A Macroeconomic Framework for Quantifying Systemic Risk Zhiguo He and Arvind Krishnamurthy NBER Working Paper No. 19885 February 2014, Revised May 2019 JEL No. E44,G01,G2
Systemic risk arises when shocks lead to states where a disruption in financial intermediation adversely affects the economy and feeds back into further disrupting financial intermediation. We present a macroeconomic model with a financial intermediary sector subject to an equity capital constraint. The novel aspect of our analysis is that the model produces a stochastic steady state distribution for the economy, in which only some of the states correspond to systemic risk states. The model allows us to examine the transition from "normal" states to systemic risk states. We calibrate our model and use it to match the systemic risk apparent during the 2007/2008 financial crisis. We also use the model to compute the conditional probabilities of arriving at a systemic risk state, such as 2007/2008. Finally, we show how the model can be used to conduct a macroeconomic "stress test" linking a stress scenario to the probability of systemic risk states.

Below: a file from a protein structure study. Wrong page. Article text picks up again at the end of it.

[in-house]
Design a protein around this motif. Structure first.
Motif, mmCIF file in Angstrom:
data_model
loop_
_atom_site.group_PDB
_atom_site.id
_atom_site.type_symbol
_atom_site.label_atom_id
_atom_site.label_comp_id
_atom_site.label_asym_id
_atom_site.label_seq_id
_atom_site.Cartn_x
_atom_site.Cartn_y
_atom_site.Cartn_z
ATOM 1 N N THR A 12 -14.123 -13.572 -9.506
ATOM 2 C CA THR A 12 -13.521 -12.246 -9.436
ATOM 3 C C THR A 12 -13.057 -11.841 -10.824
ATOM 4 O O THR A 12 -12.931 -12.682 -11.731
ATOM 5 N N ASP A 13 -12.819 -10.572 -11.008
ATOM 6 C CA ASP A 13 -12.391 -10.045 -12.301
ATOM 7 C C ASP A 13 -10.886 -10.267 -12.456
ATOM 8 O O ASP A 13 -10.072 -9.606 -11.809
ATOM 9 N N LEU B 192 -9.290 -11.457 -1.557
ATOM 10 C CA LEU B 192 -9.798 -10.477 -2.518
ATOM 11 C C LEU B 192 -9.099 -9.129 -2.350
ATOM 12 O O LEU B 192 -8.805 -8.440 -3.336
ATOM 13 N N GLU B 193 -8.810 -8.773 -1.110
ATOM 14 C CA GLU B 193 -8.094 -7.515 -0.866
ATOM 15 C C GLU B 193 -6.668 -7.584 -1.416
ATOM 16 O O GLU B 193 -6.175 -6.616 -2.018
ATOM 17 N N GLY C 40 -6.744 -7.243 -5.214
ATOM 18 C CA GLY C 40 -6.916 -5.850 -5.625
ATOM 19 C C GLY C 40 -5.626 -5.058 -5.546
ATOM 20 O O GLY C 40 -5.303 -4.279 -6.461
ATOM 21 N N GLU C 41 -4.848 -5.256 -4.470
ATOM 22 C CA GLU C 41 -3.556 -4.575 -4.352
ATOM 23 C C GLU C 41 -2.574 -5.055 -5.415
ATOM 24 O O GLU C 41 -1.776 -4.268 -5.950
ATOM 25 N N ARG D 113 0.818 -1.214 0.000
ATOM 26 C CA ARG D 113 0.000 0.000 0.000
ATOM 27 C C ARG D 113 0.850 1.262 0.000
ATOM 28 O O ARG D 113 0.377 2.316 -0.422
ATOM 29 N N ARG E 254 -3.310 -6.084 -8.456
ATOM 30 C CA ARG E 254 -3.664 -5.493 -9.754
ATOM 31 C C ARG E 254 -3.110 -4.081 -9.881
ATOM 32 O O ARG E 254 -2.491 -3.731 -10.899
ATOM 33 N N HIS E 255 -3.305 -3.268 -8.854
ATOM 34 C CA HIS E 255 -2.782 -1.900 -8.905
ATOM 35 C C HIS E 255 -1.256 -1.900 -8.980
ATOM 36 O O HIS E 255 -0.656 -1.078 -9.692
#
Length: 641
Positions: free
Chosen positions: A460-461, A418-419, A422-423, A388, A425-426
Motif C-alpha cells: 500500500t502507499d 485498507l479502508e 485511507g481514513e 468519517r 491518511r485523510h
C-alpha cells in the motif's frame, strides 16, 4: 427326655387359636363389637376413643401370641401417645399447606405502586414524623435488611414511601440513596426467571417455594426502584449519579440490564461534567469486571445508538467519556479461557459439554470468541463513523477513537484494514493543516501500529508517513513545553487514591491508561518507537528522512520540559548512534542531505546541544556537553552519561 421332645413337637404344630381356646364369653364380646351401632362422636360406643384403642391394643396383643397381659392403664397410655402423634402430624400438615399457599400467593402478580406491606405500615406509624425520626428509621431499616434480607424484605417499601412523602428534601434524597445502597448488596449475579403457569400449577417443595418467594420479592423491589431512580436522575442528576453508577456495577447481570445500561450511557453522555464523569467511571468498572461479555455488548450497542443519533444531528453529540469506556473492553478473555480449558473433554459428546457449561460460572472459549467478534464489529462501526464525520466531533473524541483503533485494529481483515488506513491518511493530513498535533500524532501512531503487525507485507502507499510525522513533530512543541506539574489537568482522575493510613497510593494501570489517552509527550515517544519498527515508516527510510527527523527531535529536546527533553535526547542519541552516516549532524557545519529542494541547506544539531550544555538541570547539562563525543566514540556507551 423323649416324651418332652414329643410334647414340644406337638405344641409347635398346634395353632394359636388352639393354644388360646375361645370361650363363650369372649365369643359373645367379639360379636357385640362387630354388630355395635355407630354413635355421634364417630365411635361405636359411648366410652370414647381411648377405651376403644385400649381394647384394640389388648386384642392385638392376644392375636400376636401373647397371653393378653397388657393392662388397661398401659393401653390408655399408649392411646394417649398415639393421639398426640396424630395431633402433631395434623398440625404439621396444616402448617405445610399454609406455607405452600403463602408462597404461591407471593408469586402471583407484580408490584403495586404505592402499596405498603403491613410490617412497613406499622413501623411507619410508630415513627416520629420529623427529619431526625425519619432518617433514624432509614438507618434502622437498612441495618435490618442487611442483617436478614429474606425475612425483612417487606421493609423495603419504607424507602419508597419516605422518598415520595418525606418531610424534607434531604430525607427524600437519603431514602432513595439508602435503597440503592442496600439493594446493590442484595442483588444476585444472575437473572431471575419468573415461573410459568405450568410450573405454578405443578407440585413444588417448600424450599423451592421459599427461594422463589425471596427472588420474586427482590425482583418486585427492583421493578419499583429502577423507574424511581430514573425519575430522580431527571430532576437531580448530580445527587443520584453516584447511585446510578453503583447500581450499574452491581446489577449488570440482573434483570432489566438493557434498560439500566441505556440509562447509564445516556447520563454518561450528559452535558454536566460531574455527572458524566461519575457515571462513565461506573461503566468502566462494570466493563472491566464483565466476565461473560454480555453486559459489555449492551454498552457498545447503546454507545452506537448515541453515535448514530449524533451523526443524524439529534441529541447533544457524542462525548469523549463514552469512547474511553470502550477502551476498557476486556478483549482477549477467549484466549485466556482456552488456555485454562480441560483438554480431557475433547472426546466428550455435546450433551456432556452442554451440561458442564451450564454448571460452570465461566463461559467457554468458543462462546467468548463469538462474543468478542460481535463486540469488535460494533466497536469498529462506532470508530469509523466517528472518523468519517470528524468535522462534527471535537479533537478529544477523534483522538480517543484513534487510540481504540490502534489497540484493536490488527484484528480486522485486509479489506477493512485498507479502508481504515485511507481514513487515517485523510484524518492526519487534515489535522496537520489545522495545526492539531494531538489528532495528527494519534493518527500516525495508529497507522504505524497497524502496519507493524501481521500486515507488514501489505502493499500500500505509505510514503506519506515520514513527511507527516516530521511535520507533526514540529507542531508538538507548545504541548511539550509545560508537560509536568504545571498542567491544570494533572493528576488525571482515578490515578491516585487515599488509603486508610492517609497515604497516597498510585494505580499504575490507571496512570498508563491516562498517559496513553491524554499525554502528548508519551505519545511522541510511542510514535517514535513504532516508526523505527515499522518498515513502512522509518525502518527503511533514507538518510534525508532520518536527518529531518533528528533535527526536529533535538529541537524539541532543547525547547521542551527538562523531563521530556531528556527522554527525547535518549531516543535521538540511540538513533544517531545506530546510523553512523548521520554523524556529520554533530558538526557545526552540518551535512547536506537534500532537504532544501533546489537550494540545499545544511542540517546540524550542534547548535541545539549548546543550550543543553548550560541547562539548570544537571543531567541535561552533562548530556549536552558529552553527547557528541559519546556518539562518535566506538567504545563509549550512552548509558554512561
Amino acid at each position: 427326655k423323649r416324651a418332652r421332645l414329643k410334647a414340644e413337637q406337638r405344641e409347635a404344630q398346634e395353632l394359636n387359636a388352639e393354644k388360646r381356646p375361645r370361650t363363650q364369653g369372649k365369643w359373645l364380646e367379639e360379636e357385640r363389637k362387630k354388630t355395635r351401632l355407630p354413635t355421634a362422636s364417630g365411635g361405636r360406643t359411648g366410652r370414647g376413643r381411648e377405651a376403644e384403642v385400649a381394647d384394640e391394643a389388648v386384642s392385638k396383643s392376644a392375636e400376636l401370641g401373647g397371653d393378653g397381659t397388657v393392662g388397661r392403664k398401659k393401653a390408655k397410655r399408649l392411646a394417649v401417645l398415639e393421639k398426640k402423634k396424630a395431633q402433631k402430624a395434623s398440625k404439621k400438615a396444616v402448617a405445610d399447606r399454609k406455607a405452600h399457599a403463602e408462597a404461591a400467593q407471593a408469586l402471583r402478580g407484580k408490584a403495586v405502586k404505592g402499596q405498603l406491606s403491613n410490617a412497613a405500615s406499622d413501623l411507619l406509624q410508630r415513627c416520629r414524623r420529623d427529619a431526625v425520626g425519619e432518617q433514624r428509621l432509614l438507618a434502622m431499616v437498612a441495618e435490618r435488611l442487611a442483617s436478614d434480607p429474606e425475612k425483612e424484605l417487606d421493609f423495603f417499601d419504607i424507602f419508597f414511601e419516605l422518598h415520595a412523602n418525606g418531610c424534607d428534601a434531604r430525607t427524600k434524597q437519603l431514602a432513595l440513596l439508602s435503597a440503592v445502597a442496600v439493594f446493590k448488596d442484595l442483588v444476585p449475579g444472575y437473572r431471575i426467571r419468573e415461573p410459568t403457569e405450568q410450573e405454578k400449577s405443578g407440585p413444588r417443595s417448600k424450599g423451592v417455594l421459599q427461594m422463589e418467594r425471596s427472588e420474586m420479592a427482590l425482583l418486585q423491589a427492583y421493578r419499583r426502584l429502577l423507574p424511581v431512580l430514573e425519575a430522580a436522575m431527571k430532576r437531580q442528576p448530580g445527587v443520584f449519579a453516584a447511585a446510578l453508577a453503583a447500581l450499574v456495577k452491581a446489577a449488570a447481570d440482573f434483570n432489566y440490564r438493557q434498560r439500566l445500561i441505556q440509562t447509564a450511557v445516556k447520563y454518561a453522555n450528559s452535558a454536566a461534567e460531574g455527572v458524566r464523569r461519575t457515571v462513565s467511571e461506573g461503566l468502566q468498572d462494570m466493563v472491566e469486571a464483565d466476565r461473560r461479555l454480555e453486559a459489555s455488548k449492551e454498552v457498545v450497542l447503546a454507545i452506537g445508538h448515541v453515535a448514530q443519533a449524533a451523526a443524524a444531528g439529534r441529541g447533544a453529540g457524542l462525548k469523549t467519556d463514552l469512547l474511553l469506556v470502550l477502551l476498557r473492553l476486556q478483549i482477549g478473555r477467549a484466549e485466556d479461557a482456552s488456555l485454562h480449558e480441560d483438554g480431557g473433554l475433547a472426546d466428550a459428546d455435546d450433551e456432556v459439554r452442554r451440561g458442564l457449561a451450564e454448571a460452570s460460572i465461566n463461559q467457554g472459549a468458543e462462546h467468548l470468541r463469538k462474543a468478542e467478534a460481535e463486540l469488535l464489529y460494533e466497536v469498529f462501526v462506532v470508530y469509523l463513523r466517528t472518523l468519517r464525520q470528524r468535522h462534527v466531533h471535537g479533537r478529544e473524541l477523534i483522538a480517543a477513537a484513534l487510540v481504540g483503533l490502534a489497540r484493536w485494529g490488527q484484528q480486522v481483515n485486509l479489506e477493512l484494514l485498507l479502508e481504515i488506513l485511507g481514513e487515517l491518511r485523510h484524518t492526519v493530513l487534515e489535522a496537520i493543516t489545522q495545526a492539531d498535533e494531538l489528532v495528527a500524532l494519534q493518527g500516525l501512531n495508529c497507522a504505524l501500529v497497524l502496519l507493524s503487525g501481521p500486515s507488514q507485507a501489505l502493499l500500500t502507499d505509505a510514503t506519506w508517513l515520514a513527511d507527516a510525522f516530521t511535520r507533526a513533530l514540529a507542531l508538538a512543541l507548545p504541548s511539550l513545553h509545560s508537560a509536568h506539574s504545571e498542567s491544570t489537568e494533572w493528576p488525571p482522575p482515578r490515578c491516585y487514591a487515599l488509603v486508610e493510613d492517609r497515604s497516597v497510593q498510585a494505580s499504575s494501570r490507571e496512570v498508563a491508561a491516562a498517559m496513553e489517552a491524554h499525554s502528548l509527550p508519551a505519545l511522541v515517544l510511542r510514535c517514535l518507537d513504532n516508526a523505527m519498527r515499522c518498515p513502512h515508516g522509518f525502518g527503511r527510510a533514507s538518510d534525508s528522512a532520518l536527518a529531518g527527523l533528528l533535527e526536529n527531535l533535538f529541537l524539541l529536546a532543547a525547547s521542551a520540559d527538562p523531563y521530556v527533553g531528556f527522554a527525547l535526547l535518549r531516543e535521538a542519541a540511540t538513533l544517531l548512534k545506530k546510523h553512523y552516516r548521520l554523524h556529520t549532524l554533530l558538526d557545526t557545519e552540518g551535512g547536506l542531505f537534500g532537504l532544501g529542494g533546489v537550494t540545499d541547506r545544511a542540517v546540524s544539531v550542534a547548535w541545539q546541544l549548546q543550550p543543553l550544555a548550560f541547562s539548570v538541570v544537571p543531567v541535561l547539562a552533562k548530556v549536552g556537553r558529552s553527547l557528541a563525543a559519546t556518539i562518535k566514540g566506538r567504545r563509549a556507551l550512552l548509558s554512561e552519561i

Zhiguo He University of Chicago Booth School of Business 5807 S. Woodlawn Avenue Chicago, IL 60637 and NBER firstname.lastname@example.org
Arvind Krishnamurthy Stanford Graduate School of Business Stanford University 655 Knight Way Stanford, CA 94305 and NBER email@example.com
It is widely understood that a disruption in financial intermediation, triggered by losses on housing-related
investments, has played a central role in the 2007 − 2009 economic crisis. Figure 2 plots the market value of
equity for the financial intermediary sector, along with a credit spread, investment, and a land price index. All
variables have been normalized to one in 2007Q2. The figure illustrates the close relation between reductions